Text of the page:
On or about 10th January, 2009, the company informed the lenders that their board had resolved to suspend the operations of the ZA.  As a consequence of this and the Plaintiff’s perception of such act as being default, the Plaintiff made a demand for payment against the First and Second Defendants in terms of the undertakings they made.  The demand was made by way of letter dated 13th January, 2009.  Notwithstanding the said demand, the First and Second Defendants have failed to make the payment.
In their defence, the First and Second Defendants admitted the fact that there was an arrangement for the syndication loan as alleged by the Plaintiff.  They also admitted that the loan was secured as alleged by the Plaintiff but deny the allegation that the lenders agreed to share the securities on a pari passu basis.  The First and Second Defendants also admitted that the company trading as ZA faced serious liquidity problems by mid 2008, despite the injection of the USD5.5 Million.  They however, attribute this to an increase in international aviation fuel prices.
As regards the facility, the First and Second Defendants admit executing it by way of consideration for the Plaintiff’s participation in the capital restructuring transaction.  They averred further that the facility was for purposes of providing an exit mechanism for the Plaintiff as it did not desire to be a shareholder in ZA in perpetuity. It was executed subject to the legal opinion of independent counsel as demanded and chosen by the Plaintiff. That negotiations on the terms and conditions of the contract of the facility would be concluded following the legal opinion.  It was also averred that, the conditions attached to the facility and financial terms thereof, were not concluded and were subject to negotiations which never took place.  Further, there were no guarantees that were put in place and as such, the facility is not binding for want of conclusion of the negotiations, conversion of the debt into shares and issuance of shares to the Plaintiff.  As a result of this, the facility is impossible to perform as there are no shares that can be bought back.  The First and Second Defendants are therefore, not liable and the Plaintiff’s recourse lies with the company trading as ZA.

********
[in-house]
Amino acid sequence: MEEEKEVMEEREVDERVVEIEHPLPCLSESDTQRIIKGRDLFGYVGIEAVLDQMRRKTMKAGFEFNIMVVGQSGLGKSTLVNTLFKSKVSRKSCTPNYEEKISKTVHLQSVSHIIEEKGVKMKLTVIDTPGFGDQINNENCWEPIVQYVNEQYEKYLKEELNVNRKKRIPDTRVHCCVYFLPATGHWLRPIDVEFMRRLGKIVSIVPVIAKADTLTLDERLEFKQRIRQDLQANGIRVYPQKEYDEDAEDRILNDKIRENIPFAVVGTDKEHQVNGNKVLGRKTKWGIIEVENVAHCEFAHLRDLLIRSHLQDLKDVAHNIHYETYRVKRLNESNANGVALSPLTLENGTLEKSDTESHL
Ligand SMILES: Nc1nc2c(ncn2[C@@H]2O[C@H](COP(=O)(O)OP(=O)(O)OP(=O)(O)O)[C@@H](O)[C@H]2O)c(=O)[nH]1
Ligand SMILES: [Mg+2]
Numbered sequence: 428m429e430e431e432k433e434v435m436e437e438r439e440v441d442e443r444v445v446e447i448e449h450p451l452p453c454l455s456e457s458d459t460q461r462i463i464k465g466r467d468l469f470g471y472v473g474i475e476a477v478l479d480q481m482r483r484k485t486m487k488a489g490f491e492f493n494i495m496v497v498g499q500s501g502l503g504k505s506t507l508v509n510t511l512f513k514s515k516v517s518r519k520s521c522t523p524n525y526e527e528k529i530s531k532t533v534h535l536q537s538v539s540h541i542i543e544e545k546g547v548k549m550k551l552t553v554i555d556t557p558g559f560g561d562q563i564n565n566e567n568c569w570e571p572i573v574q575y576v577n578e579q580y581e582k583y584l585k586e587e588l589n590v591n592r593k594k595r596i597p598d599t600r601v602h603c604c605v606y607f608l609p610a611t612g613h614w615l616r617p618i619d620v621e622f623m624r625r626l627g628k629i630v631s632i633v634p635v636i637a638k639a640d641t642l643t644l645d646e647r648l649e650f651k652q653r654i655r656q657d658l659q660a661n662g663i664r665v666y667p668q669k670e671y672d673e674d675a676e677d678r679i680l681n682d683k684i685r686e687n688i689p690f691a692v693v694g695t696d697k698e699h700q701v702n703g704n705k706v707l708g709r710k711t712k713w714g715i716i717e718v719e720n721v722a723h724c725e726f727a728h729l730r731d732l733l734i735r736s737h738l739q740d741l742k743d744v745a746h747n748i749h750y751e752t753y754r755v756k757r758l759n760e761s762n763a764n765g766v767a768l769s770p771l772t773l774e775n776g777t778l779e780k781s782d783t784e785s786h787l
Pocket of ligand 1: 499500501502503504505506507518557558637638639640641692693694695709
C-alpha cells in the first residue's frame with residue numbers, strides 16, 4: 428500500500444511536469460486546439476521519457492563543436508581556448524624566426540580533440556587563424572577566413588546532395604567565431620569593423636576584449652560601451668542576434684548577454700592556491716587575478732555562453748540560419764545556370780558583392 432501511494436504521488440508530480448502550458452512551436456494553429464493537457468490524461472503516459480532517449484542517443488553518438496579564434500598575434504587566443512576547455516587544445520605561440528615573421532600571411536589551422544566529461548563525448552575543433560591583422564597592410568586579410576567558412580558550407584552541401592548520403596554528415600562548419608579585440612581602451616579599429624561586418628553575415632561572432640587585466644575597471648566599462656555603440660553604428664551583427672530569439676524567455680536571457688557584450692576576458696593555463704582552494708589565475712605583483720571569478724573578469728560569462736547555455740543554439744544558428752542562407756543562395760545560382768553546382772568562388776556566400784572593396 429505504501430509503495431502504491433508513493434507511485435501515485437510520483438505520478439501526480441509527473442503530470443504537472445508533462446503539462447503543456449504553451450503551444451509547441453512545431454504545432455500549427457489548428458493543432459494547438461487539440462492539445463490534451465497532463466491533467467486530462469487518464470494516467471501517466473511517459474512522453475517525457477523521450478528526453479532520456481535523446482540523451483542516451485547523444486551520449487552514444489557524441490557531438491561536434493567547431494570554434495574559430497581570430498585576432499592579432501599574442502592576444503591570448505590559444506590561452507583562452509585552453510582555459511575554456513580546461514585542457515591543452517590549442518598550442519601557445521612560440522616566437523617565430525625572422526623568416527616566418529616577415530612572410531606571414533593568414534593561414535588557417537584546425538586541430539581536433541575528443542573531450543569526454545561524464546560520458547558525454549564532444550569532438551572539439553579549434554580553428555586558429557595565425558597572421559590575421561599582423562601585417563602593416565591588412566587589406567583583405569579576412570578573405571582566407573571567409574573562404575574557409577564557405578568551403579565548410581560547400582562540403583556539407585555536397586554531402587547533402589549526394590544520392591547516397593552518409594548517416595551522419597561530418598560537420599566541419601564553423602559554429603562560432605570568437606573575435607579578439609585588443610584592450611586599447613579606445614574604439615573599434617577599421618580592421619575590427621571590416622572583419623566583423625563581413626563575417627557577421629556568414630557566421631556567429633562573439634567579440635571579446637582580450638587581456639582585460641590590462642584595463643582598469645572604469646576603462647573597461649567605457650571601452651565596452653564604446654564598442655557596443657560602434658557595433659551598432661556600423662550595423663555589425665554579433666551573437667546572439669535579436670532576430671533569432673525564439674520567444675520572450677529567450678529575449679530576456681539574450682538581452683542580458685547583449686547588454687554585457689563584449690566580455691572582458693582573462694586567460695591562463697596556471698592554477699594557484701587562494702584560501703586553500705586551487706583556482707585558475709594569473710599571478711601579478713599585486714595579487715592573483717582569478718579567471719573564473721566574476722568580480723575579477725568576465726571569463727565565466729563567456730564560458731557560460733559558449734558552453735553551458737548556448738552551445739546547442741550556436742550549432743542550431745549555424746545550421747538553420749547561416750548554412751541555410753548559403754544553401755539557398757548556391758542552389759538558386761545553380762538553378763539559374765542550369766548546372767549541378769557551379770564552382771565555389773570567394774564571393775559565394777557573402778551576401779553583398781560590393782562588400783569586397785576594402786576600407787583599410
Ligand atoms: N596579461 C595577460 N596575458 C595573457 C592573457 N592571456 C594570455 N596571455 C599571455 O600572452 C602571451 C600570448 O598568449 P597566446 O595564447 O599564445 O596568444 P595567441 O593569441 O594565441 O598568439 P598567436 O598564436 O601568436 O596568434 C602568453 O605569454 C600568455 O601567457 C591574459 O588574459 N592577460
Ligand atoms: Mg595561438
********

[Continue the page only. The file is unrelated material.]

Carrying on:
In his defence, the Third Defendant does not deny that a syndication loan agreement was entered into.  He also admits that one of the conditions thereof was a personal guarantee by himself for the full value of the loan of USD 5.5 Million.  The Third Defendant also admits that the company was facing serious liquidity problems notwithstanding the injection of USD 5.5 Million into its operations.  He however, attributed this situation to the increase in international aviation fuel prices.